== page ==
For those of us that did not lose money, it is fun to dish about Bernard Madoff, but plenty of people and charities were hurt. We, as a capitalist nation, need to find a way to prevent this from happening again or, at the very least, make it harder.
In some ways, the entire past year was the financial world’s equivalent of 9/11. We need to react in a similar fashion. After 9/11, the Bush administration moved quickly to establish the new Department of Homeland Security with its infamous color-coded warnings.
The Obama administration needs to create a Financial Consumer Safety Agency for all financial products including investment along the lines of the Food and Drug Administration (FDA) or the Consumer Safety Products Commission. The mission of the agency would be to protect and educate the consumer about a wide range of financial products, not to punish the transgressor.
This agency should be staffed with savvy market professionals, not just lawyers. It should monitor investment products, credit cards, and mortgages. Currently, the regulation of consumer financial products is assigned to the agency that regulated the issuing institution instead of by the consumer that uses the product. No financial regulatory agency in Washington is focused on the consumer.
Many may question why I am advocating for the establishment of a yet another potentially useless bureaucracy instead of calling for the revamping of the Securities and Exchange Commission (SEC). In my opinion, the SEC is so broken that it can not be fixed. Incredibly, in these financially turbulent times, the SEC has reduced staff by 10%.
The SEC likes to think of itself as Wall Street’s cops. The beat cop in my neighborhood once derided this description and I agree with him. They are not cops. They are tasseled-loafer wearing lawyers who prefer to sit behind a desk rather than burning the shoe leather necessary to solve and prevent crimes.
The numbers bear me out. The New York Times reported that “U.S. government officials are on pace this year to bring the fewest prosecutions for securities fraud since at least 1991.” For the first 11 months of this year, there were 133 prosecutions. This is down from a high of 513 prosecutions in 2002. This is a 75% decline in prosecutions in a time period when the discovery of fraud has multiplied exponentially.
The SEC does not have a consumer focus. Its enforcement model that focuses only on disclosure is outdated. The SEC does not rule on the probity of an investment just if all the risk factors were disclosed. Industry members joke that a prospectus for a Ponzi scheme would pass inspection as long as the scam was fully was disclosed.
The enforcement staff of the SEC seems to be afraid of their own shadow. I suspect that they were afraid to go after Bernard Madoff because of his stature on Wall Street as former chairman of the NASDAQ exchange. A rule recently implemented makes it necessary to clear enforcement actions against prominent individuals with the top of the totem pole of the SEC. This is another barrier to getting the job done.
As has been widely reported in the press, Harry Markopolos, a derivatives trader, began writing the Boston office of the SEC in 1999 to warn them about Madoff’s asset management business. In response to being informed of the huge size of Madoff’s money management business, the SEC did nothing except require that he register the operation.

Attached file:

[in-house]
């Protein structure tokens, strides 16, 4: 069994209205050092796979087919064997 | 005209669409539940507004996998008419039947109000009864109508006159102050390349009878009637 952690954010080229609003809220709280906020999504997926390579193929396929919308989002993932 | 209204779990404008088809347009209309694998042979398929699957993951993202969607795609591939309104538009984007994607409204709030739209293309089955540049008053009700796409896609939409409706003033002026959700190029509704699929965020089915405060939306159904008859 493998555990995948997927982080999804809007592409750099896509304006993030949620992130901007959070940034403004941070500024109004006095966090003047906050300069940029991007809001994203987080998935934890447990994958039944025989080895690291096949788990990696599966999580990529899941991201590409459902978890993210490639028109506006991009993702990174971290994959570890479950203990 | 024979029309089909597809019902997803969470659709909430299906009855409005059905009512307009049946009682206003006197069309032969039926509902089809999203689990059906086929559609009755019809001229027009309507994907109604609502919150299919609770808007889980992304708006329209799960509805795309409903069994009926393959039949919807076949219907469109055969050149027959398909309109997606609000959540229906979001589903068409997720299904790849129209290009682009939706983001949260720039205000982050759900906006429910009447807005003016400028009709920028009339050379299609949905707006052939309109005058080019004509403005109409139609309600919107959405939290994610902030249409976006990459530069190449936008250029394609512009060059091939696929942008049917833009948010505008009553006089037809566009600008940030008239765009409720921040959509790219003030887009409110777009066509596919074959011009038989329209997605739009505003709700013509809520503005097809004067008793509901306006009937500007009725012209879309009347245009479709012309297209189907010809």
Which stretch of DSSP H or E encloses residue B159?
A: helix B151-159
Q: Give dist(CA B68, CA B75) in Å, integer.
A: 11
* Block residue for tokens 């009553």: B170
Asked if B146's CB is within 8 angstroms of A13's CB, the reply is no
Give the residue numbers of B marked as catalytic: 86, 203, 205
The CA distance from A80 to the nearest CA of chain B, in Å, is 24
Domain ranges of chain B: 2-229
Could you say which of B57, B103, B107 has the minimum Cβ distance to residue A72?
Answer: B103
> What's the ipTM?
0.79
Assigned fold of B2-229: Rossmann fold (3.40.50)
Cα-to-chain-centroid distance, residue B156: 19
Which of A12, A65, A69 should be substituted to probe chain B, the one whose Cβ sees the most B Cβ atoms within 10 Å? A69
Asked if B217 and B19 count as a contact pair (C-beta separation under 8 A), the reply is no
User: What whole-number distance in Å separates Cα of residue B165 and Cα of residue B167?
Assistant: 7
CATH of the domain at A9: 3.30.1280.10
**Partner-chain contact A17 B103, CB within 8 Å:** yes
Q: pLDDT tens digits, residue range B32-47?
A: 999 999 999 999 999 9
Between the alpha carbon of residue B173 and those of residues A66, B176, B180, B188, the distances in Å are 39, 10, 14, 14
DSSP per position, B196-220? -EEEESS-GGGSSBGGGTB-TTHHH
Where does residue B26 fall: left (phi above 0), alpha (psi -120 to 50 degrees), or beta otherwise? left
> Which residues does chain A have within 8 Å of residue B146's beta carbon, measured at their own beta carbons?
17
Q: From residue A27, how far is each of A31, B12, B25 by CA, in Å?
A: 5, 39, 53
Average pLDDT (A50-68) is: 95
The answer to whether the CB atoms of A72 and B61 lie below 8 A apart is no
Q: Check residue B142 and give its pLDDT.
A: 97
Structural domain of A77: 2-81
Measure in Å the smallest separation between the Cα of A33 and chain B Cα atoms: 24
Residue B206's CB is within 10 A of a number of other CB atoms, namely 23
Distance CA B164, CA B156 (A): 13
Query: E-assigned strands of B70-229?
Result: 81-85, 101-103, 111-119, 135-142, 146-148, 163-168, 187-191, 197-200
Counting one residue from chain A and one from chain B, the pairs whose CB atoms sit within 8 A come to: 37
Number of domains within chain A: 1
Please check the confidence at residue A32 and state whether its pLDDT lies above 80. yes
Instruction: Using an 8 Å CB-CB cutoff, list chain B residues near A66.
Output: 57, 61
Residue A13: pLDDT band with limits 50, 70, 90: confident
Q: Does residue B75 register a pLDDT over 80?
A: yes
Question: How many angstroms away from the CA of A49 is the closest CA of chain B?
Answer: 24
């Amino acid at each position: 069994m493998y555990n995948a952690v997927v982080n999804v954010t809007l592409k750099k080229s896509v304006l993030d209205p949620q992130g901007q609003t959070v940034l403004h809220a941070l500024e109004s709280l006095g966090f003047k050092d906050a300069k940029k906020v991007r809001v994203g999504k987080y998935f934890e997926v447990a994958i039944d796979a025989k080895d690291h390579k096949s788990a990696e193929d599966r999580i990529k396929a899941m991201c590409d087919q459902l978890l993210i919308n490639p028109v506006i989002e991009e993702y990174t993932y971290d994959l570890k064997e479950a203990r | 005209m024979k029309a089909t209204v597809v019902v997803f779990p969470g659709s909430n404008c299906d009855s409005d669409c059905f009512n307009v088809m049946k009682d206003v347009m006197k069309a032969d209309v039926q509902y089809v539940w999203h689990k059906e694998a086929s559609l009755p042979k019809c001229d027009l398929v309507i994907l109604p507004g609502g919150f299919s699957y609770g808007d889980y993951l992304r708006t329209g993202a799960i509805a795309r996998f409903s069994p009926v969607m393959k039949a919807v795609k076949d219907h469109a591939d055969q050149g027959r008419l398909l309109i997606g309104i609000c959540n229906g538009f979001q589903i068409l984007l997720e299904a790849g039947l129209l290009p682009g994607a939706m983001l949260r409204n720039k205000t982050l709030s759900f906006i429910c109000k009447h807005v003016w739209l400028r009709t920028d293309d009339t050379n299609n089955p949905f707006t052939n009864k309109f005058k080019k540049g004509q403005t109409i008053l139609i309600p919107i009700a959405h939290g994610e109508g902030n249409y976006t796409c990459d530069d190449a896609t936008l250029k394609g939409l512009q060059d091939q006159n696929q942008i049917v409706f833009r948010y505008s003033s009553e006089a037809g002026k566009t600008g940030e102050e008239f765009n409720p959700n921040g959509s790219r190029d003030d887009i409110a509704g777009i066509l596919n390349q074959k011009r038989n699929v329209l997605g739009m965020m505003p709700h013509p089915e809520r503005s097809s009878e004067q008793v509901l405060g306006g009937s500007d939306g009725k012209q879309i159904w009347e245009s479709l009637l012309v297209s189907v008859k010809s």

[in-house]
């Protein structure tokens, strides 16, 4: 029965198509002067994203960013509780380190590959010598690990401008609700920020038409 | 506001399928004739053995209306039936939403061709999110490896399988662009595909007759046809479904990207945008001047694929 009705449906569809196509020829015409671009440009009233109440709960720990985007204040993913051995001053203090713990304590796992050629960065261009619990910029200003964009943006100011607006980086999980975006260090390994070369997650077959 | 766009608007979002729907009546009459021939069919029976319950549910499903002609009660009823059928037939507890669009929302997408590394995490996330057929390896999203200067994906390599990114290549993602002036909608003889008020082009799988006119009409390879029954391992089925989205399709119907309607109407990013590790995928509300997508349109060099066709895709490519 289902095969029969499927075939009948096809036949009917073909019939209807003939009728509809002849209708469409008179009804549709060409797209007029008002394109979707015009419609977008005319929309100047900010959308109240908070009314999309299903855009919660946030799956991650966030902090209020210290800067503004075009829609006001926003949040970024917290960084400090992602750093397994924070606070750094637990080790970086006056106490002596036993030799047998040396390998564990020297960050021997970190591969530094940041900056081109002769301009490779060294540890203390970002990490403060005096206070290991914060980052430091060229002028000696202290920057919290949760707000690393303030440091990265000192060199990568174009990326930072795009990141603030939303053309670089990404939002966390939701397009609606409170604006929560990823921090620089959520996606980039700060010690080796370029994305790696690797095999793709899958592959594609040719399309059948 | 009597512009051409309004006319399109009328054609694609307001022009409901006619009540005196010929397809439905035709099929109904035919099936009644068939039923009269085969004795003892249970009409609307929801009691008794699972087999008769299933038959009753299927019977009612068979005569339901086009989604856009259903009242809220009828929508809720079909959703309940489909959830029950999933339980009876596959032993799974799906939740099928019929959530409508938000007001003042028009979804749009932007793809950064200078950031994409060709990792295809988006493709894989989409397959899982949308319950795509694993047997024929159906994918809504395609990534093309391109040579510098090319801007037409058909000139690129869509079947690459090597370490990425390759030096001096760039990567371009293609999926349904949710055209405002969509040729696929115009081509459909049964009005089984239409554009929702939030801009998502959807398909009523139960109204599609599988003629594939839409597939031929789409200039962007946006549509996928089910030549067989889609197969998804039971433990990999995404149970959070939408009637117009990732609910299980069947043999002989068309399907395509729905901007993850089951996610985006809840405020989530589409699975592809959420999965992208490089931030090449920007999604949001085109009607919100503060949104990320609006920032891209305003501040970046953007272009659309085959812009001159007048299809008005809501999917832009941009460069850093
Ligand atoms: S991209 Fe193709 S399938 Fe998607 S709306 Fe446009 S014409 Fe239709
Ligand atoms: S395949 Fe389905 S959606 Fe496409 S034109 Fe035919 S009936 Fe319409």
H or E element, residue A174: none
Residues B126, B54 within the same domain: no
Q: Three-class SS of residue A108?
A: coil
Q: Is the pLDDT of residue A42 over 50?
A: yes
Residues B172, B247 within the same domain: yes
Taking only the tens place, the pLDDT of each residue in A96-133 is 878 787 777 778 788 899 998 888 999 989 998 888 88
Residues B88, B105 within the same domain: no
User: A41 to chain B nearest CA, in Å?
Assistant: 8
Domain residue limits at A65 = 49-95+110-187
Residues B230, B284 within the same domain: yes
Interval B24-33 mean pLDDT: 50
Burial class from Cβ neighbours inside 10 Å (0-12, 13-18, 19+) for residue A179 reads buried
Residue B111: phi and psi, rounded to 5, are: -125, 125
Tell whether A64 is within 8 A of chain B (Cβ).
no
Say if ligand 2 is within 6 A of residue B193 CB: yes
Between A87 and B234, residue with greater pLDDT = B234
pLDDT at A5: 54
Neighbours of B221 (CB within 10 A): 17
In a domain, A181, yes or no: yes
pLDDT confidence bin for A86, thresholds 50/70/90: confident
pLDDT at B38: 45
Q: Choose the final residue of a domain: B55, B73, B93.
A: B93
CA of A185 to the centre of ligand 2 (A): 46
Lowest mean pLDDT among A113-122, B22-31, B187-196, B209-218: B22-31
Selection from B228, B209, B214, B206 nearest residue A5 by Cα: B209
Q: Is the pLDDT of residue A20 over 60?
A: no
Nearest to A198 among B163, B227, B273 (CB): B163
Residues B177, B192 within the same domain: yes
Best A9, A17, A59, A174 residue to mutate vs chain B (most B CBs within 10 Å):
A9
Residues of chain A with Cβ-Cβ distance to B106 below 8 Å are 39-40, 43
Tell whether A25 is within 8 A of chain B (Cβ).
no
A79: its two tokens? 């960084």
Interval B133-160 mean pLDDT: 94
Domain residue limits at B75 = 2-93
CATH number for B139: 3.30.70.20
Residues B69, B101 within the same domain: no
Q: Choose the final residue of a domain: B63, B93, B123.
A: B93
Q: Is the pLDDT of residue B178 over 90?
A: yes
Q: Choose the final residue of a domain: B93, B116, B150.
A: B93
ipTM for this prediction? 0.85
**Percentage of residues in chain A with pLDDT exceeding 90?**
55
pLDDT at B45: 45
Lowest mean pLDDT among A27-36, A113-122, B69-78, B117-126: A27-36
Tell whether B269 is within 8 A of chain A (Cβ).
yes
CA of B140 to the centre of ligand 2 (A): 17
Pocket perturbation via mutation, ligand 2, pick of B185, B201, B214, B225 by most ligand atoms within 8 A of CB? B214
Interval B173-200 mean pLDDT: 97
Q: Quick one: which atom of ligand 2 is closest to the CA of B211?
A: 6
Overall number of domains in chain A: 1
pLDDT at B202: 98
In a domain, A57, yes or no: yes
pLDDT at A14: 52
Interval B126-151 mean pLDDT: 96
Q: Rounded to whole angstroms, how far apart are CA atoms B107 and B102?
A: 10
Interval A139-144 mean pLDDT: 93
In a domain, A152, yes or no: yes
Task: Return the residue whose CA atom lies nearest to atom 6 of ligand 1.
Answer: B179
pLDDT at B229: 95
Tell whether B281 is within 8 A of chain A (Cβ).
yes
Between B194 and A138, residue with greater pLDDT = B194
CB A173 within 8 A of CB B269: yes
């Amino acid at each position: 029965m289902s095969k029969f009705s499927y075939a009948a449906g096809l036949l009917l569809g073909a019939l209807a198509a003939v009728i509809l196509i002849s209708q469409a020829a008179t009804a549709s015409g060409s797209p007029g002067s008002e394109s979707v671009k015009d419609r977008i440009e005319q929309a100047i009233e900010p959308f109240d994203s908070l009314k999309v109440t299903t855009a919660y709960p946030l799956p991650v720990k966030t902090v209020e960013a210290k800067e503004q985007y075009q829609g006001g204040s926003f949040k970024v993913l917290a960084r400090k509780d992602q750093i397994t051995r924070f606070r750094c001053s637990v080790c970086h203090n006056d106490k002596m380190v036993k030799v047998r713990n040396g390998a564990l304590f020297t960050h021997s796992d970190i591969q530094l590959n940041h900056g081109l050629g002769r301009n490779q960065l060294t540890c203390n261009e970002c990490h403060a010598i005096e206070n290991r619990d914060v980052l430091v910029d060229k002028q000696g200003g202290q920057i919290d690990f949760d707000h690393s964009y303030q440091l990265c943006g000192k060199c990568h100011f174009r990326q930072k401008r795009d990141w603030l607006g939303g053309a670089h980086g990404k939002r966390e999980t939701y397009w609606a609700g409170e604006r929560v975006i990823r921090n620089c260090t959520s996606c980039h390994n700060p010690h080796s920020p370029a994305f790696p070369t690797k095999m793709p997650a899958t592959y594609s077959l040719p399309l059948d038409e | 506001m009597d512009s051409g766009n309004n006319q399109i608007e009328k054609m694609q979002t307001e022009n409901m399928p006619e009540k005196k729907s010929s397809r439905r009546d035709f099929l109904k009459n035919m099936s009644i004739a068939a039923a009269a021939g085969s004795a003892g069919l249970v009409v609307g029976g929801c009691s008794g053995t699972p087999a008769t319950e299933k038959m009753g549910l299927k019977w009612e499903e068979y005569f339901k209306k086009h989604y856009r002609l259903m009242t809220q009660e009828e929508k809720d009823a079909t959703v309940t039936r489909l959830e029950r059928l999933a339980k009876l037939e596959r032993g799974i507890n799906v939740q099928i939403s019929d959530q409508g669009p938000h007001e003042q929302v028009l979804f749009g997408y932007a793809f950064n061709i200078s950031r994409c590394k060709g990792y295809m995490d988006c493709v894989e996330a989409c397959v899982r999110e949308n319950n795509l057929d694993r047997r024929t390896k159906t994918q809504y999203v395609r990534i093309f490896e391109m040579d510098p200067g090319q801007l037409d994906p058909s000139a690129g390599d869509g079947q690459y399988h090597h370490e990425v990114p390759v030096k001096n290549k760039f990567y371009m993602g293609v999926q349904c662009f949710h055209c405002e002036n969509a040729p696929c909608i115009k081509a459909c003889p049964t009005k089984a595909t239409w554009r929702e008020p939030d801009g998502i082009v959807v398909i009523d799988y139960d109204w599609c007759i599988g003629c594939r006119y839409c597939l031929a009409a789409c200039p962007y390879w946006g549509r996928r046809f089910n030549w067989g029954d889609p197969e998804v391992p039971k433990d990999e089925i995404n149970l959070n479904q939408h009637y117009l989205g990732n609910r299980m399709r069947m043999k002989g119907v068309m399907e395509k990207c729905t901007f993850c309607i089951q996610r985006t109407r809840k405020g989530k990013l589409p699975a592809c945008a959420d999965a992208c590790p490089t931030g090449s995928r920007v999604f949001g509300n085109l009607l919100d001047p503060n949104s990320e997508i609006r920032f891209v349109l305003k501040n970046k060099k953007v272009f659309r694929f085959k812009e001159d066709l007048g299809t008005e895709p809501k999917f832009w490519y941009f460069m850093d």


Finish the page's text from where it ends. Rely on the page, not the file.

Ironically, this might have helped him more than hurt him. The registration made his business more legitimate in certain people’s eyes. Some investors mistakenly have thought buying a registered hedge fund affords them similar protection to SIPC (Securities Investor Protection Corporation) and FDIC (Federal Deposit Insurance Corporation).
Most investors do not understand how lax the SEC registration process for a fund is. It is done on an honor system without even a perusal of the person registering by SEC staffers. They do not even Google new registrants. I uncovered a case of a principal of a SEC registered hedge fund that had 10 criminal violations in his native England. The SEC attorneys told me that they are not authorized to place an international call to the police in England to verify this person.
The SEC audit no longer serves to protect the consumer but has become a search for the picayune. Even though the SEC audited him twice, they incredibly did not uncover the Ponzi scheme of Madoff Securities. They only found petty violations of arcane securities law.
That is pretty much typical of the work of the SEC. The chief compliance officer of a securities firm in Florida recently told me that the SEC spent half a day of the audit of his firm verifying that the firm’s payments of cell phone bills was for employees of the firm not customers. Although there is a SEC rule that forbids all but minimal payments to customers, the SEC effort appears to be bogged down in minutiae. They are unable to see the forest through the trees.
As someone who as dealt with the Boston office of the SEC twice, I can echo Markopolos’s experience. The SEC office in Boston would not take my complaint about the criminal hedge fund principal, so I referred the case to Secretary of State of Massachusetts William Galvin. The authorities in Massachusetts closed down the hedge fund and are in the process of recovering the $34 million dollars in assets that was misallocated. One principal paid a fine of over $1 million and the other is still fighting the case.
The SEC later joined the enforcement action and apologized for not listening to me, but that is not good enough. It would be wonderful if a Financial Consumer Safety Commission was established.
At the very least, all of the enforcement agencies of the securities and banking industry need to be combined into one agency with a greatly expanded budget and a new mission to help the consumer.